"Baby daddy, -ies / baby mama(s)"

Wilson Gray hwgray at GMAIL.COM
Thu May 18 15:13:55 UTC 2006

Thank you, Ben, for the reference. Unfortunately, I lost interest in reading
the article at the point at which I came across the standard
(unconsciously?-) racist claim that some aspect of black-American culture
originated somewhere else or, as the article states, is merely a "variant"
of something that originated somewhere else, as though Ockham's Razor didn't
exist. Can anyone seriously believe that "father" is so foreign to black
Americans that they would be motivated to "translate" it into "daddy"?

This prophet-without-honor-in-his-own-country bit has really gotten tired.
It's like the description, in the '60's in an article in NewsTime, of the
black-American R&B song from the '50's, Work With Me, Annie, written and
originally recorded by the same black American who wrote and originally
recorded the song, The Twist (no, it wasn't Chubby Checker) as a "typical
reggae." The more things change, the more they stay the same.

I know that a lot of black Americans go for this okey-doke. Indeed, this
attitude may even have originated with black Americans with a serious
inferiority complex who believe that African-American culture is worthless,
unless, like European-American culture, it can be traced to the other side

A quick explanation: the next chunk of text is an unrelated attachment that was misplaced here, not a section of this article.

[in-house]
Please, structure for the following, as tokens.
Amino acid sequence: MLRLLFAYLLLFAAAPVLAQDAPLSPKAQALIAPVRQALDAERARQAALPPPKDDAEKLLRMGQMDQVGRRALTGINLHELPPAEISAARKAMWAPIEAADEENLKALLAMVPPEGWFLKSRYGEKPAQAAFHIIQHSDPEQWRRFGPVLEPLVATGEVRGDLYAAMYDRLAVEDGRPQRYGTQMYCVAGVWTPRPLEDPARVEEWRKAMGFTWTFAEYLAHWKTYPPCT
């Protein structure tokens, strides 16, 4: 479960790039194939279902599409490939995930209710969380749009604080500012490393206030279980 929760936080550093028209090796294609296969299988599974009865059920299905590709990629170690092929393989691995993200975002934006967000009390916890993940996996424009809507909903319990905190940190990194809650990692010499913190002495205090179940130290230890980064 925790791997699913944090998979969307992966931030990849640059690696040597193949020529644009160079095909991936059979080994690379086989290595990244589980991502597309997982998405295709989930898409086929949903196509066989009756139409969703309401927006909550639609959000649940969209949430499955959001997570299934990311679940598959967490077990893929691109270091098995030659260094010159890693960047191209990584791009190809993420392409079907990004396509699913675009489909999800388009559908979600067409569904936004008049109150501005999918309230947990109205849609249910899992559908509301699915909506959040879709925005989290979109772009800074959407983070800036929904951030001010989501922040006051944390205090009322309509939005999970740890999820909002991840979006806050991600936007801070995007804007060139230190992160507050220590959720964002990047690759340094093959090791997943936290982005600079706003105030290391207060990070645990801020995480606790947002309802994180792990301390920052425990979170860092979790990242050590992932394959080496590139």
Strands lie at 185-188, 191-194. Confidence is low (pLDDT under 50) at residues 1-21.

of the Atlantic Ocean. They don't realize that starting a culture from
nothing as strangers in a strange land  is a far more impressive
accomplishment than merely continuing the left-over odds and ends of
some random pre-existing African culture(s). They seem not to understand
that black Americans don't *come* from Africa; rather, they were *taken*
from Africa.


On 5/17/06, Benjamin Zimmer <bgzimmer at babel.ling.upenn.edu> wrote:
> ---------------------- Information from the mail header
> -----------------------
> Sender:       American Dialect Society <ADS-L at LISTSERV.UGA.EDU>
> Poster:       Benjamin Zimmer <bgzimmer at BABEL.LING.UPENN.EDU>
> Subject:      Re: "Baby daddy, -ies / baby mama(s)"
> -------------------------------------------------------------------------------
> On 5/17/06, Wilson Gray <hwgray at gmail.com> wrote:
> > These terms appear to have become standard in the speech of those whose
> > speech is non-standard, regardless of their race, creed, color, or place
> of
> > national origin. In fact, Judge Greg Mathis has had to decree that all
> who
> > appear before him shall use, e.g. "the father / the mother of my child,"
> > etc.and not "my baby daddy / my baby mama," etc. and that
> > no male appellant shall make bragging reference to the number of his
> baby
> > mamas and neither shall any female appellant make disparaging or any
> other
> > reference to the number of another woman's baby daddies.
> >
> > FWIW, I've heard these terms used regularly in their plural forms on
> > BET, even in voice-overs, since 1993 and from time to time on The Maury
> > Show since ca.1989.
> Wilson, you'll want to check out the recent piece on the history of
> "baby-daddy," by Slate associate editor Julia Turner.
> http://www.slate.com/id/2141083/
> --Ben Zimmer
> ------------------------------------------------------------
> The American Dialect Society - http://www.americandialect.org

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